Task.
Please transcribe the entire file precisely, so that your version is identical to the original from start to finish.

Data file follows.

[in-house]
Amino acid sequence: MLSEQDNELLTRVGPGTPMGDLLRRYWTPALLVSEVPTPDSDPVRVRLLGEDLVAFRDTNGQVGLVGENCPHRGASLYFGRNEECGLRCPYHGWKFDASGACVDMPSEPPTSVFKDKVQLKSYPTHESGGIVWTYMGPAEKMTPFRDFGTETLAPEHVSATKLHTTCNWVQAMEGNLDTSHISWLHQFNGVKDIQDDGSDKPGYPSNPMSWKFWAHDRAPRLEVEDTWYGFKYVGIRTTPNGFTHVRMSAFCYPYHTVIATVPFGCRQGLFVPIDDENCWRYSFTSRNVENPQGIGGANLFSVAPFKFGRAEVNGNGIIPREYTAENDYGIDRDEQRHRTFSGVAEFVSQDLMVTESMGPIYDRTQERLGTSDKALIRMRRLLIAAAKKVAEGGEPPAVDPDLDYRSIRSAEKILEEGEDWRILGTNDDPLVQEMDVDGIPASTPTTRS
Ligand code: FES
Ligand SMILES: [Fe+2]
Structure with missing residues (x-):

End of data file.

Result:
[in-house]
Amino acid sequence: MLSEQDNELLTRVGPGTPMGDLLRRYWTPALLVSEVPTPDSDPVRVRLLGEDLVAFRDTNGQVGLVGENCPHRGASLYFGRNEECGLRCPYHGWKFDASGACVDMPSEPPTSVFKDKVQLKSYPTHESGGIVWTYMGPAEKMTPFRDFGTETLAPEHVSATKLHTTCNWVQAMEGNLDTSHISWLHQFNGVKDIQDDGSDKPGYPSNPMSWKFWAHDRAPRLEVEDTWYGFKYVGIRTTPNGFTHVRMSAFCYPYHTVIATVPFGCRQGLFVPIDDENCWRYSFTSRNVENPQGIGGANLFSVAPFKFGRAEVNGNGIIPREYTAENDYGIDRDEQRHRTFSGVAEFVSQDLMVTESMGPIYDRTQERLGTSDKALIRMRRLLIAAAKKVAEGGEPPAVDPDLDYRSIRSAEKILEEGEDWRILGTNDDPLVQEMDVDGIPASTPTTRS
Ligand code: FES
Ligand SMILES: [Fe+2]
Structure with missing residues (x-):